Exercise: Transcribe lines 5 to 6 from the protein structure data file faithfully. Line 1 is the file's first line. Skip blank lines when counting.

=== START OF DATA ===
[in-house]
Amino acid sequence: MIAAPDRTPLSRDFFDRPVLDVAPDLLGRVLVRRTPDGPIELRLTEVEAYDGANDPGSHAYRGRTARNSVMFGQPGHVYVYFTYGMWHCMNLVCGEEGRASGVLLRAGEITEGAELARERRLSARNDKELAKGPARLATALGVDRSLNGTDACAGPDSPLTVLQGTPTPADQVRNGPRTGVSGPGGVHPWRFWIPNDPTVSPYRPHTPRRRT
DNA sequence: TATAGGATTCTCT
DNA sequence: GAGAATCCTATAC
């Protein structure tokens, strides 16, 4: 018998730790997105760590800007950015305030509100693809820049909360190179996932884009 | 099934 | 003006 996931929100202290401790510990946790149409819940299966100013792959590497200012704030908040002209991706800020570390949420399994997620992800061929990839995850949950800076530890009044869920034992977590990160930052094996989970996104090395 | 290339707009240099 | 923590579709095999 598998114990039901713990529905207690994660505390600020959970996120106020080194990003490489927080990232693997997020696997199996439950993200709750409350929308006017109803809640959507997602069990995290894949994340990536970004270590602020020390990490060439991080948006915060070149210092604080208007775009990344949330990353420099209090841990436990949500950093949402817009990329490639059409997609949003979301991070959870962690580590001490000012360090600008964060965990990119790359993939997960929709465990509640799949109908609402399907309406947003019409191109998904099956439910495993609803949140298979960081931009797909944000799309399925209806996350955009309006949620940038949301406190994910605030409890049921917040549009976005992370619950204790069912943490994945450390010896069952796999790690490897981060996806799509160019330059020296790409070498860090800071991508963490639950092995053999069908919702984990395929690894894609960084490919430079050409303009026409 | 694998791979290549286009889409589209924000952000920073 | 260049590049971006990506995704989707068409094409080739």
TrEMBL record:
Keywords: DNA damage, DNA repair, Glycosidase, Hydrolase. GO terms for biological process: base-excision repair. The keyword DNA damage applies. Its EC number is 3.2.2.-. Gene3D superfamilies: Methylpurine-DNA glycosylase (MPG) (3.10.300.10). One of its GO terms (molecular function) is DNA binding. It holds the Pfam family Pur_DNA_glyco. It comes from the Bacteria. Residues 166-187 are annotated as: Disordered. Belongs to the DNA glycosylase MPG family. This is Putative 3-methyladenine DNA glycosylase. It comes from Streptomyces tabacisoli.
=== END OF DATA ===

């Protein structure tokens, strides 16, 4: 018998730790997105760590800007950015305030509100693809820049909360190179996932884009 | 099934 | 003006 996931929100202290401790510990946790149409819940299966100013792959590497200012704030908040002209991706800020570390949420399994997620992800061929990839995850949950800076530890009044869920034992977590990160930052094996989970996104090395 | 290339707009240099 | 923590579709095999 598998114990039901713990529905207690994660505390600020959970996120106020080194990003490489927080990232693997997020696997199996439950993200709750409350929308006017109803809640959507997602069990995290894949994340990536970004270590602020020390990490060439991080948006915060070149210092604080208007775009990344949330990353420099209090841990436990949500950093949402817009990329490639059409997609949003979301991070959870962690580590001490000012360090600008964060965990990119790359993939997960929709465990509640799949109908609402399907309406947003019409191109998904099956439910495993609803949140298979960081931009797909944000799309399925209806996350955009309006949620940038949301406190994910605030409890049921917040549009976005992370619950204790069912943490994945450390010896069952796999790690490897981060996806799509160019330059020296790409070498860090800071991508963490639950092995053999069908919702984990395929690894894609960084490919430079050409303009026409 | 694998791979290549286009889409589209924000952000920073 | 260049590049971006990506995704989707068409094409080739």
TrEMBL record: